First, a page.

After Ruth Bader Ginsburg, we must nurture those who follow in her footsteps
October 2, 2020
By Jackie Nappo
“When there are nine.”
A revolutionary answer to a cliché question: when will there be enough women on the Supreme Court? Justice Ruth Bader Ginsburg responded, “When there are nine.”
The Universal Health Care Foundation office comprises ten women: eight staff and two interns. All of whom were hired because they are the best person for their job. It makes you wonder what this office, and so many other places, would look like had Justice Ginsburg never set out on her path to make the world a more equitable place.
Justice Ginsburg was a weight bearing column in the construction of justice. Little as she was, she was carrying a heavy load for U.S. residents.
She had to fight tooth and nail to earn her place in history. She shouldn’t have had to. She was brilliant beyond measure, calm, quick witted, and a revolutionary thinker. At nearly every turn, she faced pushback. History tried desperately to keep her out, but she could not be held back.
She entered the narrative and began working to improve the world for herself and for other people like her. She said no to discrimination on the basis of sex, she defended a person’s right to reproductive autonomy, she dissented when history tried to keep others out or infringe on their rights.
And now she’s gone, and it’s unclear what we have left to defend us from the forces that work overtime to maintain an exclusive status quo.
As a health care foundation, there are countless things we’re concerned about in an America without Justice Ginsburg. The Affordable Care Act, reproductive health care, voting rights, LGBTQ+ rights. All of these are part of our broader mission for social justice. These are obvious.
At the same time, we have to ask ourselves who we are as a nation, and what kind of nation do we want to be? How do we get there?
We must ask: How many workplaces have kept out the people who were best fit for the job? How many revolutionary thinkers were told no because they didn’t fit the mold? How many will continue to be met with resistance? And for how long?
Justice Ginsburg fought at every juncture to become the titan she was. How much longer will we tolerate the systems that tried so desperately to keep her from us? How long will we go on accepting the false narrative that she was one of a kind, when there have been so many like her who have been stopped?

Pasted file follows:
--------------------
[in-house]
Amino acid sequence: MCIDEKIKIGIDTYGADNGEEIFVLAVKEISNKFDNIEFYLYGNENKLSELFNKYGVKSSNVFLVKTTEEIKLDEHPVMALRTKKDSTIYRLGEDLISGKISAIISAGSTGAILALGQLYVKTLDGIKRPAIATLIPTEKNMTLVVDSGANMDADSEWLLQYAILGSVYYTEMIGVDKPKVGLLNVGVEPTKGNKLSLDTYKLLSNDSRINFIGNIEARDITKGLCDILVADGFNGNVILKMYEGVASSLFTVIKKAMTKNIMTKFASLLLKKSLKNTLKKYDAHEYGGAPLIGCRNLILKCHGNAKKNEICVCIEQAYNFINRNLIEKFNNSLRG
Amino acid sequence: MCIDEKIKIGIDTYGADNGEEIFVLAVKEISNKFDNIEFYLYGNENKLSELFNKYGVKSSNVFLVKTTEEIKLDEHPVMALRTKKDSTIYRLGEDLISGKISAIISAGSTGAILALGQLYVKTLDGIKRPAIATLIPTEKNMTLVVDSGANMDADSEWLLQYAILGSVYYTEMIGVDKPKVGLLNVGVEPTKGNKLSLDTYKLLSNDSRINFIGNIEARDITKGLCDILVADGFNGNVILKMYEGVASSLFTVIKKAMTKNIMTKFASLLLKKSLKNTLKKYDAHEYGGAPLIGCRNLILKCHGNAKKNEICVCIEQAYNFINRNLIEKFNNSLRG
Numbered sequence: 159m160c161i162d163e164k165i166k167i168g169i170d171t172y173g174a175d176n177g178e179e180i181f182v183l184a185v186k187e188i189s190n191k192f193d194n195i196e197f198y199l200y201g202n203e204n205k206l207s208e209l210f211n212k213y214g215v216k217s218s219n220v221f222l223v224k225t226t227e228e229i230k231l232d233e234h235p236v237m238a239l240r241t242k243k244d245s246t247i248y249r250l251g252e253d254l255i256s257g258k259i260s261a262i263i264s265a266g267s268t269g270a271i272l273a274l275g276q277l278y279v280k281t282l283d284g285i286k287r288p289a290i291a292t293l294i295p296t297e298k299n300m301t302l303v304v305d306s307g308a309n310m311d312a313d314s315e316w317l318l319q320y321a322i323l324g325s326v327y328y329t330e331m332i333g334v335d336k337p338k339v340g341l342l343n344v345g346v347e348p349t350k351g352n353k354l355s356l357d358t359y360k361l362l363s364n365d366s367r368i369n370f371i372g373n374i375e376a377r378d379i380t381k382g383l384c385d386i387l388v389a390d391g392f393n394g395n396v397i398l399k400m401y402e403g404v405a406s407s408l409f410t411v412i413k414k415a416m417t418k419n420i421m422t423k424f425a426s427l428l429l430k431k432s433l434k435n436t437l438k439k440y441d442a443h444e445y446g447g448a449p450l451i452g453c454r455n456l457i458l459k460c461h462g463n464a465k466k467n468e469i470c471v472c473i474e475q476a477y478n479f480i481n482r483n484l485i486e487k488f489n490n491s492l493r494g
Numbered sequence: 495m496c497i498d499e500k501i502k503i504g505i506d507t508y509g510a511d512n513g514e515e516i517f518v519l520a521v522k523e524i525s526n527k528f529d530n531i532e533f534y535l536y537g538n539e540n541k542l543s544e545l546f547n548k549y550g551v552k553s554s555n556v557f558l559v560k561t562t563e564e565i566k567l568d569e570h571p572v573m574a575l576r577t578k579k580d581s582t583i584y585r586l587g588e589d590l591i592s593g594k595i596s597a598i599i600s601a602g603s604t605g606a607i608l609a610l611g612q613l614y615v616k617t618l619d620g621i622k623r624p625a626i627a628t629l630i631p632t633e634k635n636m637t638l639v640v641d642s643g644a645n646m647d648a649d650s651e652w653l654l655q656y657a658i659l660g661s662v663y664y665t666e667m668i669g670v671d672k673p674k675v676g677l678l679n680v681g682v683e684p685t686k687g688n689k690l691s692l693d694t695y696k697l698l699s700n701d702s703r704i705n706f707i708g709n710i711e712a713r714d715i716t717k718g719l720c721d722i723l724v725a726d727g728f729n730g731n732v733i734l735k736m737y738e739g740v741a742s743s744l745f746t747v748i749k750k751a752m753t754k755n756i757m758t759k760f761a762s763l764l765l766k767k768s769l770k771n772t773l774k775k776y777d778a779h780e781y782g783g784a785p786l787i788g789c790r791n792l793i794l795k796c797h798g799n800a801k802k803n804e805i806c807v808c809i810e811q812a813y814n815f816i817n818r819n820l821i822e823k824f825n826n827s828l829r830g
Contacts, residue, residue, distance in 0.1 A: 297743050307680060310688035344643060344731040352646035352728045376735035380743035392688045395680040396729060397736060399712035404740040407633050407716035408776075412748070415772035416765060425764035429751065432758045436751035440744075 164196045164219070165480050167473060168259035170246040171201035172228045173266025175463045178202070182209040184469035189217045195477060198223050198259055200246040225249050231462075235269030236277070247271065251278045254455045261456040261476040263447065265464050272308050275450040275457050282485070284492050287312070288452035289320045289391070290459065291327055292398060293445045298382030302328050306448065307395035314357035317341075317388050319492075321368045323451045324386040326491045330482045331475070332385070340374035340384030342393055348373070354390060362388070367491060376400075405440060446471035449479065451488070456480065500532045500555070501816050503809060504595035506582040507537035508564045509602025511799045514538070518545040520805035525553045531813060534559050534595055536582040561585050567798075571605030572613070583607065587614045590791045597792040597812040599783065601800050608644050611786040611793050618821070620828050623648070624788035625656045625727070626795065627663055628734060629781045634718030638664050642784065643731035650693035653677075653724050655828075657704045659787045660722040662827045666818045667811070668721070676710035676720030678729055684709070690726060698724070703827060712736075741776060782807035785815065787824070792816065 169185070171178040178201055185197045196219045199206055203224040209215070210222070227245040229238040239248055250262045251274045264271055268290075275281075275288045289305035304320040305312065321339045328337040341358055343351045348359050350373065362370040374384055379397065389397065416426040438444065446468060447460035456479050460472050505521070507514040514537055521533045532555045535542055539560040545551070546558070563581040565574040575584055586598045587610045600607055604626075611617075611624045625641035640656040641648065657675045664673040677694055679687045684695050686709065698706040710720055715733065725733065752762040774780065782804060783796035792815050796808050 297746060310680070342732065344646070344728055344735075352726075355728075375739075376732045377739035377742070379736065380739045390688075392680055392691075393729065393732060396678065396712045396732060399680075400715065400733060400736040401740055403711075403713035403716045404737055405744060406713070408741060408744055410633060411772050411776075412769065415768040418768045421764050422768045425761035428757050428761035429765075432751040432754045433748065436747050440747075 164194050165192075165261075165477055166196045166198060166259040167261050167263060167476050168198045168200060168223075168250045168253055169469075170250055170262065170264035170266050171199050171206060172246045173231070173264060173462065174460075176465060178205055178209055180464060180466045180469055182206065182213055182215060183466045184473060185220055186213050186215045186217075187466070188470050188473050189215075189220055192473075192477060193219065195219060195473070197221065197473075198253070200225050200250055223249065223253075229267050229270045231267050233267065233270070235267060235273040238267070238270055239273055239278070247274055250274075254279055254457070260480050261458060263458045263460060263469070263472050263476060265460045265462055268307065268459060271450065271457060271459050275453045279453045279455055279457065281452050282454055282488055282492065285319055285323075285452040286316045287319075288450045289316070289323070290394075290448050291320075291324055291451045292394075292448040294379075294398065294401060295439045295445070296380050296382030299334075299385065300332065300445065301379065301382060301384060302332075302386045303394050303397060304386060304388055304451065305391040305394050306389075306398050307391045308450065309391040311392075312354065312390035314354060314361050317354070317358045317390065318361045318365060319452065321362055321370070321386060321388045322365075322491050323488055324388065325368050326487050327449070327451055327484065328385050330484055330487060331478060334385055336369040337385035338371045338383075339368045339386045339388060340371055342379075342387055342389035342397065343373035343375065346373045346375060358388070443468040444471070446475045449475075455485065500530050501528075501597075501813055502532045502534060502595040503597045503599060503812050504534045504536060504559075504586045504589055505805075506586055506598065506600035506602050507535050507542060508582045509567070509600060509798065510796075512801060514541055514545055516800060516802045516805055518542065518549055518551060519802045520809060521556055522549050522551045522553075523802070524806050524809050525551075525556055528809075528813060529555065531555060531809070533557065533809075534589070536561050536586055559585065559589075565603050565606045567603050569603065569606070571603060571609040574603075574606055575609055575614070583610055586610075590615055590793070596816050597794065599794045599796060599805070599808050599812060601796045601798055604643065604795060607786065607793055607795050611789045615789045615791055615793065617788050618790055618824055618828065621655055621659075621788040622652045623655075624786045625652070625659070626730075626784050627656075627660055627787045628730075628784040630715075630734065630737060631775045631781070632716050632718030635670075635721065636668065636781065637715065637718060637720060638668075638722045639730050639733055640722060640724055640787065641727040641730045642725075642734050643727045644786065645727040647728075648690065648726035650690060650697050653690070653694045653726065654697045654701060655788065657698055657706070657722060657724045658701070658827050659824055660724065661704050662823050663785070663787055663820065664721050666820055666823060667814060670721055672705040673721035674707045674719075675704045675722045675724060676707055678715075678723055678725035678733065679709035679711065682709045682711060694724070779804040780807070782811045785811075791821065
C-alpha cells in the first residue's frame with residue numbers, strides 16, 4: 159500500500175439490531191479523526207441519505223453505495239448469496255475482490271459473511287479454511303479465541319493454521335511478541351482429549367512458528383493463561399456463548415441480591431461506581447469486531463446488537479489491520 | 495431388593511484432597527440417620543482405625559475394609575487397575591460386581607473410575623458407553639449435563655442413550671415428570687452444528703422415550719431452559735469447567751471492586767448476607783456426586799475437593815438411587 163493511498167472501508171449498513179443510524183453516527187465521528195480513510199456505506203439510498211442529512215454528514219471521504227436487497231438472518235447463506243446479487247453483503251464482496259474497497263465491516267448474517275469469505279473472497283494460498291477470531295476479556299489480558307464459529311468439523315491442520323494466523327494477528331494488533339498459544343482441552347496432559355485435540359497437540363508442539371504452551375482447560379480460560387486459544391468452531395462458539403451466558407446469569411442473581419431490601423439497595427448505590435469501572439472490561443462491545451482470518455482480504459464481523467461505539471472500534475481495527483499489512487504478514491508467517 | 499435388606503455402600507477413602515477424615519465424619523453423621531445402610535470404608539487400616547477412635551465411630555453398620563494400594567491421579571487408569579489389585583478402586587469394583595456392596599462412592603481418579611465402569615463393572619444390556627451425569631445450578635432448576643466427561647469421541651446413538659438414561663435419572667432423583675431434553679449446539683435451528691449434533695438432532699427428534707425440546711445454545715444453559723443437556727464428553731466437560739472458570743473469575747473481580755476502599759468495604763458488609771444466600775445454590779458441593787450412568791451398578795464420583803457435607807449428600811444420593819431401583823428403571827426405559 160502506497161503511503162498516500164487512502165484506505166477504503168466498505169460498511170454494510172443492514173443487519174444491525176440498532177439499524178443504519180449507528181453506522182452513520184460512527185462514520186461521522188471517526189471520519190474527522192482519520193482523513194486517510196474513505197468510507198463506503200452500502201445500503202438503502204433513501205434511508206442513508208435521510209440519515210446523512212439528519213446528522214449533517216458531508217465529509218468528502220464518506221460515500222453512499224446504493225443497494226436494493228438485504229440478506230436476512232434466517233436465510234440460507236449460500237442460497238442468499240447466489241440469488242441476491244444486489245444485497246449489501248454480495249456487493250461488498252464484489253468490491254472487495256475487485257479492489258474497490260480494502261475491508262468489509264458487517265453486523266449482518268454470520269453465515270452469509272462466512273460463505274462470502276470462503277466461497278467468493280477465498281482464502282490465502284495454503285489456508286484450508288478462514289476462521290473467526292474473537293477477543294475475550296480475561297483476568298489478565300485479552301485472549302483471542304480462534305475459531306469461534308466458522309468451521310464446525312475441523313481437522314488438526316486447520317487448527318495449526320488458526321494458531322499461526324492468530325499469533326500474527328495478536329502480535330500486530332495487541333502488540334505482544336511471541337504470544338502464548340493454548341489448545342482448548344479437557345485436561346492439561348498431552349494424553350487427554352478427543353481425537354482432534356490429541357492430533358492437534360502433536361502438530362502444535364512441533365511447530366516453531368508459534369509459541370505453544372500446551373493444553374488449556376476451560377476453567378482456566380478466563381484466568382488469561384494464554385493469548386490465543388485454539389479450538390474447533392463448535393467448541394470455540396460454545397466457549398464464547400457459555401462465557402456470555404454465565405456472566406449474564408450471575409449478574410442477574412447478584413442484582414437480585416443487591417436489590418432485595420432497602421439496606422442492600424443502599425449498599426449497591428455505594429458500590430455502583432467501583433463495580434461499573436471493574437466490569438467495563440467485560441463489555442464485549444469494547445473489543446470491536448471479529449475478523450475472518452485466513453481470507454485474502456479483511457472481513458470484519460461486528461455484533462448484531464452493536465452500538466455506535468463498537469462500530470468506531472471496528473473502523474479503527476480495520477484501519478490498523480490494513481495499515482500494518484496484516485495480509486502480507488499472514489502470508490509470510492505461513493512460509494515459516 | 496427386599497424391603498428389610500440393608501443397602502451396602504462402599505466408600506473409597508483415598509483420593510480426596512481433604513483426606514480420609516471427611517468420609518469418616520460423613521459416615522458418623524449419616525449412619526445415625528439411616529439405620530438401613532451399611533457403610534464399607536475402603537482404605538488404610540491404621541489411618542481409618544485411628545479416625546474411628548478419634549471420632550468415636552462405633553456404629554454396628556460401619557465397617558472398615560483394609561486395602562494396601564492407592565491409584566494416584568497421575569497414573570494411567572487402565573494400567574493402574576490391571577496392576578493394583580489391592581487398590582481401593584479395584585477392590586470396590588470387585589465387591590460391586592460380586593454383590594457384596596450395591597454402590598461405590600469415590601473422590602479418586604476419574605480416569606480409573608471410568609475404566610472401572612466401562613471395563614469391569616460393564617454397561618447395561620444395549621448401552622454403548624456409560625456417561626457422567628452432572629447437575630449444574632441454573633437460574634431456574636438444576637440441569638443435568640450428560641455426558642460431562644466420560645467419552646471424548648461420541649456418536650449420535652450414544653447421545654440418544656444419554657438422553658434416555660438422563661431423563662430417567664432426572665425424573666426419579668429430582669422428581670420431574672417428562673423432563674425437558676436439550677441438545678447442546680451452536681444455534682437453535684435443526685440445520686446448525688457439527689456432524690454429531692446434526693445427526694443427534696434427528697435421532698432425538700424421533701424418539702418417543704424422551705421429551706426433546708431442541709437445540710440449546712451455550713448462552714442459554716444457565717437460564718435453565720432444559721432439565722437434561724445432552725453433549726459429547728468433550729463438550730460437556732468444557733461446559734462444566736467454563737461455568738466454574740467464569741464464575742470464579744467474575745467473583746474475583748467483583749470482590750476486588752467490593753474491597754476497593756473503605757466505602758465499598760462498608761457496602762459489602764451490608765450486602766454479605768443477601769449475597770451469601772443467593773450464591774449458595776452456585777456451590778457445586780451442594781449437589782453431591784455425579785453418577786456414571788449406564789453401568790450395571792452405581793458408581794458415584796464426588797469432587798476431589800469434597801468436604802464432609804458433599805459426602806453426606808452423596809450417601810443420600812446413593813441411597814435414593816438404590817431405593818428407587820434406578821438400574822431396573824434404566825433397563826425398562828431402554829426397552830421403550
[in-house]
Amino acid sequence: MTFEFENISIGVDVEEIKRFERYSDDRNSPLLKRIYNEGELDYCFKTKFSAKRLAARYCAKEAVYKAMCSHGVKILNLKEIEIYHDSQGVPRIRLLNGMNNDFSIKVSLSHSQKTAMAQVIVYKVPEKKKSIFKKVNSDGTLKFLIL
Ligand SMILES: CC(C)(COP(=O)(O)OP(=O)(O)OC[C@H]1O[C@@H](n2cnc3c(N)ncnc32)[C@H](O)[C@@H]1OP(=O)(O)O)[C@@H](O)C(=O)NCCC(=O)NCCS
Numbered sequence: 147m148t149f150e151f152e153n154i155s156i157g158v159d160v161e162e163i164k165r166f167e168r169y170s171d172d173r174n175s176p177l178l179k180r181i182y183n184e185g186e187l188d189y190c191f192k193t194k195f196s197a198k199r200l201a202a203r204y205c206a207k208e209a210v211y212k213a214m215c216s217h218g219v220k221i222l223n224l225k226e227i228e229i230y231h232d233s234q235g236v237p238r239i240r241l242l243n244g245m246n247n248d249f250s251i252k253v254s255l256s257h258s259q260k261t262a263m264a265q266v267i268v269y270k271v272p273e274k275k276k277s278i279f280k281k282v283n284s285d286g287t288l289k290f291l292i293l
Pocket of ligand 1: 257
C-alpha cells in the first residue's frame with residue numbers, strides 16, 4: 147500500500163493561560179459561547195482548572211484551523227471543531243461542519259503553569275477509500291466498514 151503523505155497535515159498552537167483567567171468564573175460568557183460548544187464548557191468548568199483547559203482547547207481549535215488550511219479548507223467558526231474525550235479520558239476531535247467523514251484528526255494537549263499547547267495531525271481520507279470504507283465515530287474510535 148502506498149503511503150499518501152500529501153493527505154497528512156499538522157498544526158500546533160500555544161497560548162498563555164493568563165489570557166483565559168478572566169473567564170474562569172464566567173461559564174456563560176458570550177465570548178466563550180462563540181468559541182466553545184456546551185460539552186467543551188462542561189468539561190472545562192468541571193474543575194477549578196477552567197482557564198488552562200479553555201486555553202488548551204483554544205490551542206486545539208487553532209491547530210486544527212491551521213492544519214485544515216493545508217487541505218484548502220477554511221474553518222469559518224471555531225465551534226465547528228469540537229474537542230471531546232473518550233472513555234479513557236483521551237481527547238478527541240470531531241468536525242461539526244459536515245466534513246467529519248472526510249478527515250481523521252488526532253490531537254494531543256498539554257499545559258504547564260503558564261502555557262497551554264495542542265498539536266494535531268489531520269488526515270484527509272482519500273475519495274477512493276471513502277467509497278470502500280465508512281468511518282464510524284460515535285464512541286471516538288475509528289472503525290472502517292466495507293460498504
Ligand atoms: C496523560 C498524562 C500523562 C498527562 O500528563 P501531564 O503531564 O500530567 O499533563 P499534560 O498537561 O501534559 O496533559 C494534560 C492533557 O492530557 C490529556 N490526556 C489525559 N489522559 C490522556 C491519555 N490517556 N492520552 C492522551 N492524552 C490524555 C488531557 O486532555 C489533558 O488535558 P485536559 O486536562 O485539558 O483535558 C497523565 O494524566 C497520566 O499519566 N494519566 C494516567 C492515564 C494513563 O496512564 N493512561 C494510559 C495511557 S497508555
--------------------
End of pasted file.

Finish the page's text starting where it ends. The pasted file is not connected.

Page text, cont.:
I want to live in the America that Justice Ginsburg fought for. Are we willing to work half as hard as she did to live in that country? Are we willing to seek out the people who are fighting like she did, tooth and nail, to help them break through their barriers?
The answer is in our hands. Anti-progress forces will be there waiting at every turn. The day will not come when the statement “Everybody should be able to get the care they need at no cost” will be met without argument. We need to be ready for that.
The day will not come when “People should have complete reproductive freedom” will not be met with backlash. We need to be ready for that.
Justice Ginsburg was a pioneer of progressive action. We all have the potential to be pioneers of progressive action in our own communities, in our own homes, by dismantling hostility to change. People like Justice Ginsburg are rare not because so few have the potential, but because the system does not want people like them to succeed.
The “next Justice Ginsburg” (and I believe there are and have been hundreds) has already been told no. They’ve already hit obstacles. I’m sure they’re tired. We need to be ready for them.
There is no one way to fight for justice, and there is no perfect fighter. Ask yourself, what tools do you have, and what battles can you fight? How can you uplift those who are tired, who have been fighting the whole time? When you have those answers, then it’s time to get to work.
May Justice Ginsburg’s memory be a revolution.